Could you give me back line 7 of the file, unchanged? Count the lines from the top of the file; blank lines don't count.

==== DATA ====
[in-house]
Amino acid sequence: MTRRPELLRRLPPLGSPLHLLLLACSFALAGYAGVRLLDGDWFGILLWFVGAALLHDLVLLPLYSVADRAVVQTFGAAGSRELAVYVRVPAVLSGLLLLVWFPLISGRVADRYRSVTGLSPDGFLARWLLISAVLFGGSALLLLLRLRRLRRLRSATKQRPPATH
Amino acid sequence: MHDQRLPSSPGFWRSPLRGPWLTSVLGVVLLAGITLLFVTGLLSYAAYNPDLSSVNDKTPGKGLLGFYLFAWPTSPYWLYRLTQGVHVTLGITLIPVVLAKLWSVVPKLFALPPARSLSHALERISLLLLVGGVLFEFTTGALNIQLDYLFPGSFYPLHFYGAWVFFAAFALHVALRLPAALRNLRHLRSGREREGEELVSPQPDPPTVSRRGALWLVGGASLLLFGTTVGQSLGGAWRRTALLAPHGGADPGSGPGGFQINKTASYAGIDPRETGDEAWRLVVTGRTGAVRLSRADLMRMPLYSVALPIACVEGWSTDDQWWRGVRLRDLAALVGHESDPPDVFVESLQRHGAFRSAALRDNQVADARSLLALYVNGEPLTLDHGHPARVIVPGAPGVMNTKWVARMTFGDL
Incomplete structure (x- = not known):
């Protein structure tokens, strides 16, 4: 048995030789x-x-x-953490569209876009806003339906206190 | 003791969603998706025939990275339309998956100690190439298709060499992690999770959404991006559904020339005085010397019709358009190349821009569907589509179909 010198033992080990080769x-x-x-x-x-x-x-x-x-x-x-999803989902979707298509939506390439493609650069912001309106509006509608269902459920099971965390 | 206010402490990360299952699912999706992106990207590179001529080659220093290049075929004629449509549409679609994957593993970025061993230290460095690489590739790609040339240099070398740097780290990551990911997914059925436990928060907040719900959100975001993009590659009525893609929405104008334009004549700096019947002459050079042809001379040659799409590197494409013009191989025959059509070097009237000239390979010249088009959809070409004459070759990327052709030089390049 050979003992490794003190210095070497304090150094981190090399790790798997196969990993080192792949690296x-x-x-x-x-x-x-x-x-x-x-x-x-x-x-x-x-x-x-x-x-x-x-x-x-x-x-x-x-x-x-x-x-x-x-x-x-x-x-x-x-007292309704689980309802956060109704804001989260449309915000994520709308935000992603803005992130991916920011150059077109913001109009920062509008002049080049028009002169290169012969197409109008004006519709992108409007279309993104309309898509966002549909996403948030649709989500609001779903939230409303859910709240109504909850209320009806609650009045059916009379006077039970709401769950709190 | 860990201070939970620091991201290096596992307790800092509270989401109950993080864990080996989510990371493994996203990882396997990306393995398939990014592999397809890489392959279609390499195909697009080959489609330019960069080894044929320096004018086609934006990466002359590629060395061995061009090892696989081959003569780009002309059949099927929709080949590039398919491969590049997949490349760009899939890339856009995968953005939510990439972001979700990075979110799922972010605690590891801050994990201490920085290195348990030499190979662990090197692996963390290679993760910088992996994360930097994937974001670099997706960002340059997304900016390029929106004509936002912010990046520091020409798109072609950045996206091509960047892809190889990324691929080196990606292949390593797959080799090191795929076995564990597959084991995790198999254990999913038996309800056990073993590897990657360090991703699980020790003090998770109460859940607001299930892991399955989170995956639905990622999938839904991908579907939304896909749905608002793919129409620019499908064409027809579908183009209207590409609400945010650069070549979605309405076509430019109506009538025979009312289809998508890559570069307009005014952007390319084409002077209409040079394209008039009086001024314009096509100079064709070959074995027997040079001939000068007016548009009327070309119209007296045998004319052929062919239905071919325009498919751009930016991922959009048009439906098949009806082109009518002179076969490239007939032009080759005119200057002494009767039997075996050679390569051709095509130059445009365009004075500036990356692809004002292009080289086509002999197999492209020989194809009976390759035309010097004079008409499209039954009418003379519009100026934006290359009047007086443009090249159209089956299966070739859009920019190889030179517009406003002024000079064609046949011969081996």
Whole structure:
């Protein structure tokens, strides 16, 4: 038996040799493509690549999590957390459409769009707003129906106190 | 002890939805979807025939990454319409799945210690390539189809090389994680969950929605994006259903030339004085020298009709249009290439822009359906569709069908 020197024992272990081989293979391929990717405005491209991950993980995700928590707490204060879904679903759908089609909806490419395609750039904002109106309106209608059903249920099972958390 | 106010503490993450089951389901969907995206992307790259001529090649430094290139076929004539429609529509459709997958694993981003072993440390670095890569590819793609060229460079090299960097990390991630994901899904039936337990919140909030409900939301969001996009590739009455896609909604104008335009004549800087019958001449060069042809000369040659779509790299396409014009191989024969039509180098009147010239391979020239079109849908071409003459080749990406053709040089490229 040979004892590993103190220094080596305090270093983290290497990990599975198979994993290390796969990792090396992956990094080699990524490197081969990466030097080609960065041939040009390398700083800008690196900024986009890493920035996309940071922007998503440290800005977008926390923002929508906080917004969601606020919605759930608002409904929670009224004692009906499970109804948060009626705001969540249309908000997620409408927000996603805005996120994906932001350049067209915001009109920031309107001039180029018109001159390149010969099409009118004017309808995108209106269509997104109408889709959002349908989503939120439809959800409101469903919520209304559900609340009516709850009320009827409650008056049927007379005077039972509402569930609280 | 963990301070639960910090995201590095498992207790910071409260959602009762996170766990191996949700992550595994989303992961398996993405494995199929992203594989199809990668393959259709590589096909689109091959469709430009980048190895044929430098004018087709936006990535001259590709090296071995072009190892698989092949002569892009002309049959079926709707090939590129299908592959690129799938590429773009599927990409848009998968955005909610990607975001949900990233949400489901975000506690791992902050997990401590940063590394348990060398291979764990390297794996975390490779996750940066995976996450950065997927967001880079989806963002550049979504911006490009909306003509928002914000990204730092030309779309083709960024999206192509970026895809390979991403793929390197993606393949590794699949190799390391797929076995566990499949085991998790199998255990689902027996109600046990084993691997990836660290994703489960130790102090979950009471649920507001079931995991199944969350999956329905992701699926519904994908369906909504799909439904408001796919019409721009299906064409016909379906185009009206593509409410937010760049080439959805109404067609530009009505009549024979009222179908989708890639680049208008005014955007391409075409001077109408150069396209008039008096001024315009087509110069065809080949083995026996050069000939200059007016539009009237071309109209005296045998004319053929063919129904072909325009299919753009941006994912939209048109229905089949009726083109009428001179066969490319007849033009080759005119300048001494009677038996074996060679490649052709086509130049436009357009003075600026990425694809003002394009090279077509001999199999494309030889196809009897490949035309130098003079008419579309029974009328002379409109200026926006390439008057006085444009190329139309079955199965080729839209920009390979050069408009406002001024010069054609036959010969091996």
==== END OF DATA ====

């Protein structure tokens, strides 16, 4: 038996040799493509690549999590957390459409769009707003129906106190 | 002890939805979807025939990454319409799945210690390539189809090389994680969950929605994006259903030339004085020298009709249009290439822009359906569709069908 020197024992272990081989293979391929990717405005491209991950993980995700928590707490204060879904679903759908089609909806490419395609750039904002109106309106209608059903249920099972958390 | 106010503490993450089951389901969907995206992307790259001529090649430094290139076929004539429609529509459709997958694993981003072993440390670095890569590819793609060229460079090299960097990390991630994901899904039936337990919140909030409900939301969001996009590739009455896609909604104008335009004549800087019958001449060069042809000369040659779509790299396409014009191989024969039509180098009147010239391979020239079109849908071409003459080749990406053709040089490229 040979004892590993103190220094080596305090270093983290290497990990599975198979994993290390796969990792090396992956990094080699990524490197081969990466030097080609960065041939040009390398700083800008690196900024986009890493920035996309940071922007998503440290800005977008926390923002929508906080917004969601606020919605759930608002409904929670009224004692009906499970109804948060009626705001969540249309908000997620409408927000996603805005996120994906932001350049067209915001009109920031309107001039180029018109001159390149010969099409009118004017309808995108209106269509997104109408889709959002349908989503939120439809959800409101469903919520209304559900609340009516709850009320009827409650008056049927007379005077039972509402569930609280 | 963990301070639960910090995201590095498992207790910071409260959602009762996170766990191996949700992550595994989303992961398996993405494995199929992203594989199809990668393959259709590589096909689109091959469709430009980048190895044929430098004018087709936006990535001259590709090296071995072009190892698989092949002569892009002309049959079926709707090939590129299908592959690129799938590429773009599927990409848009998968955005909610990607975001949900990233949400489901975000506690791992902050997990401590940063590394348990060398291979764990390297794996975390490779996750940066995976996450950065997927967001880079989806963002550049979504911006490009909306003509928002914000990204730092030309779309083709960024999206192509970026895809390979991403793929390197993606393949590794699949190799390391797929076995566990499949085991998790199998255990689902027996109600046990084993691997990836660290994703489960130790102090979950009471649920507001079931995991199944969350999956329905992701699926519904994908369906909504799909439904408001796919019409721009299906064409016909379906185009009206593509409410937010760049080439959805109404067609530009009505009549024979009222179908989708890639680049208008005014955007391409075409001077109408150069396209008039008096001024315009087509110069065809080949083995026996050069000939200059007016539009009237071309109209005296045998004319053929063919129904072909325009299919753009941006994912939209048109229905089949009726083109009428001179066969490319007849033009080759005119300048001494009677038996074996060679490649052709086509130049436009357009003075600026990425694809003002394009090279077509001999199999494309030889196809009897490949035309130098003079008419579309029974009328002379409109200026926006390439008057006085444009190329139309079955199965080729839209920009390979050069408009406002001024010069054609036959010969091996």